In Scott Sumner’s introduction to MM, he says (Item No.10) that “Some of us are skeptical of fiscal stimulus, partly because we think monetary stimulus is more efficient for the usual deadweight cost of future taxes reasons, and partly because the central bank might offset the effect by targeting inflation or NGDP.”
As to the “deadweight cost of future tax” I assume he’s referring to the fact that if those in receipt of fiscal stimulus dollars/pounds think their windfall will be confiscated by future tax, that will substantially reduce their desire to spend the windfall. Fair point.
But at the same time, and in reference to monetary stimulus, Sumner says “…that monetary stimulus is only effective when it is expected to be permanent, is something I’ve been arguing since 1993, and Krugman picked up on in 1998. It’s a core component of market monetarism. Nick Rowe once said that policy is 99% expectations of the future path of policy and 1% the current stance.”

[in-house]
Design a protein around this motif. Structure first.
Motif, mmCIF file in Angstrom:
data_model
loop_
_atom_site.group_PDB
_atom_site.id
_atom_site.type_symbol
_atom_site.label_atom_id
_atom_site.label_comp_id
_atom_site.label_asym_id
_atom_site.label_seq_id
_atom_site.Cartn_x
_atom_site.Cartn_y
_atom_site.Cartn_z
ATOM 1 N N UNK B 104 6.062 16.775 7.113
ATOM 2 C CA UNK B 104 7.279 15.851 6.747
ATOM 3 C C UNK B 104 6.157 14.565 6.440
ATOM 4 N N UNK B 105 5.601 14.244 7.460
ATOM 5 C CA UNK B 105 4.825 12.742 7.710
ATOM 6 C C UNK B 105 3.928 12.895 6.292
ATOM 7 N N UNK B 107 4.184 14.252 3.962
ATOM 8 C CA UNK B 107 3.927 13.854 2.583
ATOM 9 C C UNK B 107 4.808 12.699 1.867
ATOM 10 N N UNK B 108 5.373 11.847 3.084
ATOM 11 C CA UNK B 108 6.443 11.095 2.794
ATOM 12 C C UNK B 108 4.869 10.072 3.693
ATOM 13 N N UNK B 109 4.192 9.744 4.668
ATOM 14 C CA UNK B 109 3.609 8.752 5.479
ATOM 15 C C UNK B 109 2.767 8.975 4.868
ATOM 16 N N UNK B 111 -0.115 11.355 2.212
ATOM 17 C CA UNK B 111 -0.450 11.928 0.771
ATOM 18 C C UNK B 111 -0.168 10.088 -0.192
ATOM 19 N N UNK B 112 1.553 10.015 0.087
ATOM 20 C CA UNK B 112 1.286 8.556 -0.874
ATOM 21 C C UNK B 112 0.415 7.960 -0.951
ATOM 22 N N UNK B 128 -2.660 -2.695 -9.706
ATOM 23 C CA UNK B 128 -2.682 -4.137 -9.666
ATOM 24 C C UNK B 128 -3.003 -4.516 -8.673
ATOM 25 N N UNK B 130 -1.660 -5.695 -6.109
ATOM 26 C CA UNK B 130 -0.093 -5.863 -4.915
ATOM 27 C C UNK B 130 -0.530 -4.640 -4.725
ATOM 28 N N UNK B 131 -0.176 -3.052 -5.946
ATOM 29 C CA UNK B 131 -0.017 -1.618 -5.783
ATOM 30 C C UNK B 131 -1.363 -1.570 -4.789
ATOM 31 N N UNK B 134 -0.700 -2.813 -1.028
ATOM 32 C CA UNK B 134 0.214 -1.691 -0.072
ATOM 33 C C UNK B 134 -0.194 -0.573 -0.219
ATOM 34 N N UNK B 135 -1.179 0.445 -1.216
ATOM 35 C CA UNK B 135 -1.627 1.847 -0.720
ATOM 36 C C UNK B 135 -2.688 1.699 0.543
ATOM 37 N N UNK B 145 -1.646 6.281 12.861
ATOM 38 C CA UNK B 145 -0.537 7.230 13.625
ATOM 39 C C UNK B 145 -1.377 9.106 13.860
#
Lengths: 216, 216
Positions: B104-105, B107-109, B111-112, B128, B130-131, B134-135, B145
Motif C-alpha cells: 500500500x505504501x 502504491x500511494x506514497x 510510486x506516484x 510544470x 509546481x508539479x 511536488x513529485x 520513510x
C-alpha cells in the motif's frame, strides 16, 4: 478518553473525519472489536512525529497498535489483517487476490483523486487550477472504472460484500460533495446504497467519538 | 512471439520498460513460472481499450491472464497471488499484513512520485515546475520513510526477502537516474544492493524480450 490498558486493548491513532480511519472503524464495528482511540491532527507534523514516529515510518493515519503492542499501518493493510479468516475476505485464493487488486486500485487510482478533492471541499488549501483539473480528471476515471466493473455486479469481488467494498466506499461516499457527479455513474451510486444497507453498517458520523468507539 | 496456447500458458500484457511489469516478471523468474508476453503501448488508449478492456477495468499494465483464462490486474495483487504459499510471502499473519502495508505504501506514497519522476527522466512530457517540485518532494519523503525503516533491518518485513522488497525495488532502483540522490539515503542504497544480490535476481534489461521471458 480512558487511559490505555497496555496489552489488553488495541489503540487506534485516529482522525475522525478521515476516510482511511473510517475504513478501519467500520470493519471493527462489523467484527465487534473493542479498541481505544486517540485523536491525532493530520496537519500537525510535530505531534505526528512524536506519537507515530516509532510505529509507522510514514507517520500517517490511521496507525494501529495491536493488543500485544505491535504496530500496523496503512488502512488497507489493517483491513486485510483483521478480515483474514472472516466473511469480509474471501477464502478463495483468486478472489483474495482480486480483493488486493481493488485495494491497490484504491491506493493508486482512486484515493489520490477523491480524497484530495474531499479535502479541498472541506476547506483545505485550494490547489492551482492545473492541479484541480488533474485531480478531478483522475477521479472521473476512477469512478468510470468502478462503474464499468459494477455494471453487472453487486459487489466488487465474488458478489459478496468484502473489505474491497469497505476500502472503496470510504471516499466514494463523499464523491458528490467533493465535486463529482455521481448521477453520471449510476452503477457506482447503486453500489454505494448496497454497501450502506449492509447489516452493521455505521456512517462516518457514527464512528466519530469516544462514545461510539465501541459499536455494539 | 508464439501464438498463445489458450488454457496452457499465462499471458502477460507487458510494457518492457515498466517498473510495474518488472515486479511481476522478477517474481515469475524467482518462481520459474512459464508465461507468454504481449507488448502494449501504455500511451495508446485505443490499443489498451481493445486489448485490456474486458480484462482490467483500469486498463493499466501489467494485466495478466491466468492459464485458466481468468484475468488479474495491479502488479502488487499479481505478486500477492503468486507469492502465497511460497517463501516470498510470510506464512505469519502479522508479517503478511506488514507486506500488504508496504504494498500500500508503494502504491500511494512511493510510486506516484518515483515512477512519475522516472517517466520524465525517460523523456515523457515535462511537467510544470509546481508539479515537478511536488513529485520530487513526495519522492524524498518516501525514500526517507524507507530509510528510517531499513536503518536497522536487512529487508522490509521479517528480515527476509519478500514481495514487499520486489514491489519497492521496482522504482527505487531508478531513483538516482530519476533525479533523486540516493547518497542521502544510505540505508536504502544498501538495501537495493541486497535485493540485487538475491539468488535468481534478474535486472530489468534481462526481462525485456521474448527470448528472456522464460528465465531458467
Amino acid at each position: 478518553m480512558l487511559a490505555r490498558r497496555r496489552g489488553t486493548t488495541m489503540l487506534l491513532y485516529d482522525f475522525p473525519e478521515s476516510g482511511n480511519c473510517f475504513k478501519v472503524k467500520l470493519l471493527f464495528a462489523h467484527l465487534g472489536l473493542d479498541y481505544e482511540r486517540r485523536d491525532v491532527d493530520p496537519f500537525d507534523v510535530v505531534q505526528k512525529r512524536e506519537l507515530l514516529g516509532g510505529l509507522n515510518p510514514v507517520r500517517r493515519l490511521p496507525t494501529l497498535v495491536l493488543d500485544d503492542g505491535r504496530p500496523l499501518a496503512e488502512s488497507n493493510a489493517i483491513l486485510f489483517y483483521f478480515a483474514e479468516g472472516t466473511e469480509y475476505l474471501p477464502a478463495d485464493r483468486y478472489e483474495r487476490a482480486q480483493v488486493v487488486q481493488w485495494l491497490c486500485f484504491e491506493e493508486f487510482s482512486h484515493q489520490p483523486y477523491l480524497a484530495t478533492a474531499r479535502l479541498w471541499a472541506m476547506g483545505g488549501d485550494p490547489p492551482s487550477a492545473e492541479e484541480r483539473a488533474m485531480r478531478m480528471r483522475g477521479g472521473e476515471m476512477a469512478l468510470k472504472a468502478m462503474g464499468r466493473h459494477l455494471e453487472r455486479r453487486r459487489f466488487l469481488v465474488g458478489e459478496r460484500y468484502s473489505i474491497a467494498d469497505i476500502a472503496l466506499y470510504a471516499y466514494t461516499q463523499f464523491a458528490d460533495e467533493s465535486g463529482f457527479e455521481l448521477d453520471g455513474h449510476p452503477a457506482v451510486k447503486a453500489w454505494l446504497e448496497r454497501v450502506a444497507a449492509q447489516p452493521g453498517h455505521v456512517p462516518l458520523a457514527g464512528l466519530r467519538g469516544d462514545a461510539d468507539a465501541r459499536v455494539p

In short Sumner is saying that fiscal policy is not too effective because windfall recipients think their windfall will be confiscated. But at the same time he admits that for monetary policy to work, the impression must be given that windfalls WON’T BE confiscated!!! Hardly a fair way of comparing fiscal to monetary policy!!
Second, there is Sumner’s claim that fiscal policy may be ineffective because “the central bank might offset the effect by targeting inflation or NGDP.” I actually dealt with that point here,but to repeat and briefly, my answer to that point is as follows.
To criticise fiscal policy because the central bank might negate it is like saying that turning your central heating on is a waste of time because someone might turn it off again, i.e. “negate” the “turn on” policy. Alternatively it’s like saying “I’ve decided to dig a hole with a shovel rather than a spade, therefor spades are useless.” There is a choice as to whether to use monetary or fiscal measures (or some combination) just as there is a choice as to whether to use a spade or shovel.